BOISE — The practice of emergency post-fire seeding in sagebrush landscapes of the Great Basin, which was meant to stabilize soils, has not resulted in restored habitats that would be used by greater sage-grouse according to U.S. Geological Survey and U.S. Forest Service researchers who published their results today in the journal Ecosphere.
The new study examined the habitat that was present 8-20 years after the seeding projects occurred. These aerial or rangeland drill seeding projects did not always include sagebrush seeds and were not intended to restore wildlife habitat, but instead were designed to mitigate the effects of fire on soil and vegetation. Yet they provide an opportunity to reverse habitat degradation for sage-grouse, a species being considered for protection under the Endangered Species Act.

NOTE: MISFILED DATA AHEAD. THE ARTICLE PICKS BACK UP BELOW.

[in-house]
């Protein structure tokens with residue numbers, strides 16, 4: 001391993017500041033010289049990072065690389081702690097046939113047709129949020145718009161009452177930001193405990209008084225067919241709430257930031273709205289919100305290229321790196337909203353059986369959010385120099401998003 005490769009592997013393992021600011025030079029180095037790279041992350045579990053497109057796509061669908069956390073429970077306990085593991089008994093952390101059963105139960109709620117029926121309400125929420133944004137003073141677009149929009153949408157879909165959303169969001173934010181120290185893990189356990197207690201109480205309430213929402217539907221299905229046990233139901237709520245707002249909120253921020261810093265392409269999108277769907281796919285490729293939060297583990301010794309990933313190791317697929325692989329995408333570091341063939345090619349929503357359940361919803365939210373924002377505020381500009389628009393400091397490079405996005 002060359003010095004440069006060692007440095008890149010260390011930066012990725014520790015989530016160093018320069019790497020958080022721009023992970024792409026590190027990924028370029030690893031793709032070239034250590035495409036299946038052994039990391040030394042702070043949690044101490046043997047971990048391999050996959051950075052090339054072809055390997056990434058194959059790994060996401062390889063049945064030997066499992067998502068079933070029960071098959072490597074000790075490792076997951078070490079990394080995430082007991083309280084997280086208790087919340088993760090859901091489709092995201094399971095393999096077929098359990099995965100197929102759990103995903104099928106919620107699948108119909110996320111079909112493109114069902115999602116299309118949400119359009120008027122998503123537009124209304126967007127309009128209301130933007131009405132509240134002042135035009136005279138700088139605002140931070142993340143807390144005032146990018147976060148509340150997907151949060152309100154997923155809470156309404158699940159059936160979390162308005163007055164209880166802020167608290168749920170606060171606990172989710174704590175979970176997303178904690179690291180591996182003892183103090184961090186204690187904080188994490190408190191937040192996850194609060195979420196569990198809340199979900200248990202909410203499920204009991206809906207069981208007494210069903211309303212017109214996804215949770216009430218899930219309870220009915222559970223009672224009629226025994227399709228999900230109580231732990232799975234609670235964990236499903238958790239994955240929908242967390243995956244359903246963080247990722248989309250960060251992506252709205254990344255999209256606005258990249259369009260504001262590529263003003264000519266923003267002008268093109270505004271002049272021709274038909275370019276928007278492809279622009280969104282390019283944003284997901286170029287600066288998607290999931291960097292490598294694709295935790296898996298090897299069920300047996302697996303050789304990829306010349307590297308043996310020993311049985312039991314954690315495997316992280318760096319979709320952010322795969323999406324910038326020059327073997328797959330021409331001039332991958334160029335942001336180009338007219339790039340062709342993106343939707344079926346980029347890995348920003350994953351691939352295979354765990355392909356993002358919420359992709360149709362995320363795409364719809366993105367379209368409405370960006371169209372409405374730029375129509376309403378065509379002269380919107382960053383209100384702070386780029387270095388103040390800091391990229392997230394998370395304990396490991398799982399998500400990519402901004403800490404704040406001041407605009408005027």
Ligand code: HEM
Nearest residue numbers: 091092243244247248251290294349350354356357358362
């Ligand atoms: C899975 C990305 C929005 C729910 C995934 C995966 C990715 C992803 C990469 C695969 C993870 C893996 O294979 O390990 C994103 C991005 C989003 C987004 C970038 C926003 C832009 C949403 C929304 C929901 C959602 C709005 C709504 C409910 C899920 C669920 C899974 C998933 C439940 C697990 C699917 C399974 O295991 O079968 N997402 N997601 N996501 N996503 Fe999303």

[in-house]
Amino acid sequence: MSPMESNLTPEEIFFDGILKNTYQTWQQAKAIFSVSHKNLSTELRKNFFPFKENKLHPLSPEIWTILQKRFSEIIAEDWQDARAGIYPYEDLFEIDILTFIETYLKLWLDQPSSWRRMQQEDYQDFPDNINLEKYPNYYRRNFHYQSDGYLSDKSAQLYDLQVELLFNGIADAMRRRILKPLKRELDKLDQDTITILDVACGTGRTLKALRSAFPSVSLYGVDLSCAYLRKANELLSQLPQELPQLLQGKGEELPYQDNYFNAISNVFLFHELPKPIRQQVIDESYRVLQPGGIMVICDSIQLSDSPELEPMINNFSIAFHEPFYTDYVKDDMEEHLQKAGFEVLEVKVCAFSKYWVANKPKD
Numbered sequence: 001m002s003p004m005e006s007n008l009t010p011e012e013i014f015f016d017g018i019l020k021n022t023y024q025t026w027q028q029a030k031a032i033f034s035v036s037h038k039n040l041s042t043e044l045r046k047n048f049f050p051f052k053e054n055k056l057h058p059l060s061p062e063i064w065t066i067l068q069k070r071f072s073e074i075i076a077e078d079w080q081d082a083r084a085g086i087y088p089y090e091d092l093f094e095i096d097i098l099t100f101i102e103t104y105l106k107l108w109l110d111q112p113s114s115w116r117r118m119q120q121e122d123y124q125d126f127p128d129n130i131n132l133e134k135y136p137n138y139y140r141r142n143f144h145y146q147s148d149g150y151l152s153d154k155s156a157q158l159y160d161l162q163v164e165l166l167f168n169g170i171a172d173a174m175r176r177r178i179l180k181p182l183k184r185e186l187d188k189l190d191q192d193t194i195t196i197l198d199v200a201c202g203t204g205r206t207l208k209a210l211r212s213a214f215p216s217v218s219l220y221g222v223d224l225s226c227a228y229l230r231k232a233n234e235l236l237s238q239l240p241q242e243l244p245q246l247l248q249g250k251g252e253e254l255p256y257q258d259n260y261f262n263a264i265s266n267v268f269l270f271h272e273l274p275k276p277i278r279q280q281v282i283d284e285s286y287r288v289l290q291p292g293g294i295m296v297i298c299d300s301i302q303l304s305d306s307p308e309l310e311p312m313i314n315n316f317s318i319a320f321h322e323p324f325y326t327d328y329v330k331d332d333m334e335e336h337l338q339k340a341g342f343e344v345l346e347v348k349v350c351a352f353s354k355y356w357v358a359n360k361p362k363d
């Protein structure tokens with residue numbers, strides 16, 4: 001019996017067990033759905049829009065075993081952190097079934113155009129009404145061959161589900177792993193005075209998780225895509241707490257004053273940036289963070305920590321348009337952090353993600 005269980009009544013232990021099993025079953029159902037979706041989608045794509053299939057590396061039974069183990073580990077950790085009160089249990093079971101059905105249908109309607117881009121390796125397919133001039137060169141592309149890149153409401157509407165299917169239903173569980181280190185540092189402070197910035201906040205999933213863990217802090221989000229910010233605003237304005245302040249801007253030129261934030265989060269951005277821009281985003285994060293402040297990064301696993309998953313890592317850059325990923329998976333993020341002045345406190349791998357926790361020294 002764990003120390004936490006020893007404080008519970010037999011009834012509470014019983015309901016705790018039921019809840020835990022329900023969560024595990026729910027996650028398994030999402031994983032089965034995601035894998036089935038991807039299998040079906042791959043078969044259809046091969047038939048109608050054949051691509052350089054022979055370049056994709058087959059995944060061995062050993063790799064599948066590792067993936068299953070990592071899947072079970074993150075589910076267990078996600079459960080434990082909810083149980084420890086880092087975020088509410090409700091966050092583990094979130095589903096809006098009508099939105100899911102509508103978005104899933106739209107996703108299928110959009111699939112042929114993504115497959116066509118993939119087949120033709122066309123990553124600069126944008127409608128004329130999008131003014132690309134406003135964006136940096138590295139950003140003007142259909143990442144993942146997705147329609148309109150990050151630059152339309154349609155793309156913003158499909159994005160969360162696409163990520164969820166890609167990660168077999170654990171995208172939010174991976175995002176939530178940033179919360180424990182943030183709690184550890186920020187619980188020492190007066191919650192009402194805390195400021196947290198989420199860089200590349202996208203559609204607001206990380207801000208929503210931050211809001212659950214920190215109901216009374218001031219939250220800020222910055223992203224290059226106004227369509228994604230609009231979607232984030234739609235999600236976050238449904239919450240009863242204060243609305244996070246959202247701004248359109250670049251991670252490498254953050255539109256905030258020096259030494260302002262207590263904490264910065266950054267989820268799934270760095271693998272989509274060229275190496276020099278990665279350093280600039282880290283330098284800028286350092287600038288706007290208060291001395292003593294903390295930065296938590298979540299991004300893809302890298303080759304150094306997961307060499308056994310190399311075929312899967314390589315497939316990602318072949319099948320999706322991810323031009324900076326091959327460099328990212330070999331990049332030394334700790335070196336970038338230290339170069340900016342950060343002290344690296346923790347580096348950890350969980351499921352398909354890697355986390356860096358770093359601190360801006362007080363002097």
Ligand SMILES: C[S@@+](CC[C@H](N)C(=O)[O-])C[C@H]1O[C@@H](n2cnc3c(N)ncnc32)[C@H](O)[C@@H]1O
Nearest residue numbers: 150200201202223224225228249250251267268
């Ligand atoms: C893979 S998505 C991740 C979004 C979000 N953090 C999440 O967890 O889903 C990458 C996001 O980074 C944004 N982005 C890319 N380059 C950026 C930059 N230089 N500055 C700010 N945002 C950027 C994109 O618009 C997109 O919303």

Read more: Post-Fire Stabilization Seedings Have Not Developed Into Sage-grouse Habitat